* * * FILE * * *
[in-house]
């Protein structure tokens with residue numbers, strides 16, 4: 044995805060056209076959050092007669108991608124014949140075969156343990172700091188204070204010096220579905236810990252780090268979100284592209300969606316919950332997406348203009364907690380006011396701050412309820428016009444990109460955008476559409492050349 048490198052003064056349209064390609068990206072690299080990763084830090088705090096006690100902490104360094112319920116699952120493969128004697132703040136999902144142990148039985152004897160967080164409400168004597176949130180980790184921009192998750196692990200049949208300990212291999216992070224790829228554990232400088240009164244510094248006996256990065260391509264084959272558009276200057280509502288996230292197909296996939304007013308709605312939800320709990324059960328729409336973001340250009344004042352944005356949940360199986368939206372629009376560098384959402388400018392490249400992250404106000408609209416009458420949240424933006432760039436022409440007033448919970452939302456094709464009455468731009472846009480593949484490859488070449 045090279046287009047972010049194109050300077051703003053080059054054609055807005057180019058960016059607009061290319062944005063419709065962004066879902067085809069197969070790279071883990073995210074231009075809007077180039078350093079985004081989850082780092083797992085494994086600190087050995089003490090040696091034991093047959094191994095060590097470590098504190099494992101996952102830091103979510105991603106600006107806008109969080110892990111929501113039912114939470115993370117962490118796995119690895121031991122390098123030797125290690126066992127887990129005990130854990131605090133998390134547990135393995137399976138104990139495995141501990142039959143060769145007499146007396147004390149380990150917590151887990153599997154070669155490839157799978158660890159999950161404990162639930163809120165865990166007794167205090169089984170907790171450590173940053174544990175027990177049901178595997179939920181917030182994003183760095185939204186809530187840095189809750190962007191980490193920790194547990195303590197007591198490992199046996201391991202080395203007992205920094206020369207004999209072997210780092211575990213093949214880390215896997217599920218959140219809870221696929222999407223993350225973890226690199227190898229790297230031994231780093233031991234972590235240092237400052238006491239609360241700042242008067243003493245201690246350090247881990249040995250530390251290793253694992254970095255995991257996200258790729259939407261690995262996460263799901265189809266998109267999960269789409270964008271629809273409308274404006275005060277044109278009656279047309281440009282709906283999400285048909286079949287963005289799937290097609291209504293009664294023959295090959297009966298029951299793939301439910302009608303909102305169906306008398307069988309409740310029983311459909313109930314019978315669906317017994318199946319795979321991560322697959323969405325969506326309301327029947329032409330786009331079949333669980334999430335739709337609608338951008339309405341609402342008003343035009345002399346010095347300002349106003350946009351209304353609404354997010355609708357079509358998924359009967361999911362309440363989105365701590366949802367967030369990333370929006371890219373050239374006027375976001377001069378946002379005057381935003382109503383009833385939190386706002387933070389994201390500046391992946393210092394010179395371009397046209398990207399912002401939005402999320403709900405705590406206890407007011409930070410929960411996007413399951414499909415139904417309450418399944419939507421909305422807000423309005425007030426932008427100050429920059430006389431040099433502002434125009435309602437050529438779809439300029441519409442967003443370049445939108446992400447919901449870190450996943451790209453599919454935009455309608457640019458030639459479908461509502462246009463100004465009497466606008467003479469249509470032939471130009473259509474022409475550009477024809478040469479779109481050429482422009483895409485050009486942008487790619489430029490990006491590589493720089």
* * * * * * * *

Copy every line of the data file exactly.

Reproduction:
[in-house]
């Protein structure tokens with residue numbers, strides 16, 4: 044995805060056209076959050092007669108991608124014949140075969156343990172700091188204070204010096220579905236810990252780090268979100284592209300969606316919950332997406348203009364907690380006011396701050412309820428016009444990109460955008476559409492050349 048490198052003064056349209064390609068990206072690299080990763084830090088705090096006690100902490104360094112319920116699952120493969128004697132703040136999902144142990148039985152004897160967080164409400168004597176949130180980790184921009192998750196692990200049949208300990212291999216992070224790829228554990232400088240009164244510094248006996256990065260391509264084959272558009276200057280509502288996230292197909296996939304007013308709605312939800320709990324059960328729409336973001340250009344004042352944005356949940360199986368939206372629009376560098384959402388400018392490249400992250404106000408609209416009458420949240424933006432760039436022409440007033448919970452939302456094709464009455468731009472846009480593949484490859488070449 045090279046287009047972010049194109050300077051703003053080059054054609055807005057180019058960016059607009061290319062944005063419709065962004066879902067085809069197969070790279071883990073995210074231009075809007077180039078350093079985004081989850082780092083797992085494994086600190087050995089003490090040696091034991093047959094191994095060590097470590098504190099494992101996952102830091103979510105991603106600006107806008109969080110892990111929501113039912114939470115993370117962490118796995119690895121031991122390098123030797125290690126066992127887990129005990130854990131605090133998390134547990135393995137399976138104990139495995141501990142039959143060769145007499146007396147004390149380990150917590151887990153599997154070669155490839157799978158660890159999950161404990162639930163809120165865990166007794167205090169089984170907790171450590173940053174544990175027990177049901178595997179939920181917030182994003183760095185939204186809530187840095189809750190962007191980490193920790194547990195303590197007591198490992199046996201391991202080395203007992205920094206020369207004999209072997210780092211575990213093949214880390215896997217599920218959140219809870221696929222999407223993350225973890226690199227190898229790297230031994231780093233031991234972590235240092237400052238006491239609360241700042242008067243003493245201690246350090247881990249040995250530390251290793253694992254970095255995991257996200258790729259939407261690995262996460263799901265189809266998109267999960269789409270964008271629809273409308274404006275005060277044109278009656279047309281440009282709906283999400285048909286079949287963005289799937290097609291209504293009664294023959295090959297009966298029951299793939301439910302009608303909102305169906306008398307069988309409740310029983311459909313109930314019978315669906317017994318199946319795979321991560322697959323969405325969506326309301327029947329032409330786009331079949333669980334999430335739709337609608338951008339309405341609402342008003343035009345002399346010095347300002349106003350946009351209304353609404354997010355609708357079509358998924359009967361999911362309440363989105365701590366949802367967030369990333370929006371890219373050239374006027375976001377001069378946002379005057381935003382109503383009833385939190386706002387933070389994201390500046391992946393210092394010179395371009397046209398990207399912002401939005402999320403709900405705590406206890407007011409930070410929960411996007413399951414499909415139904417309450418399944419939507421909305422807000423309005425007030426932008427100050429920059430006389431040099433502002434125009435309602437050529438779809439300029441519409442967003443370049445939108446992400447919901449870190450996943451790209453599919454935009455309608457640019458030639459479908461509502462246009463100004465009497466606008467003479469249509470032939471130009473259509474022409475550009477024809478040469479779109481050429482422009483895409485050009486942008487790619489430029490990006491590589493720089």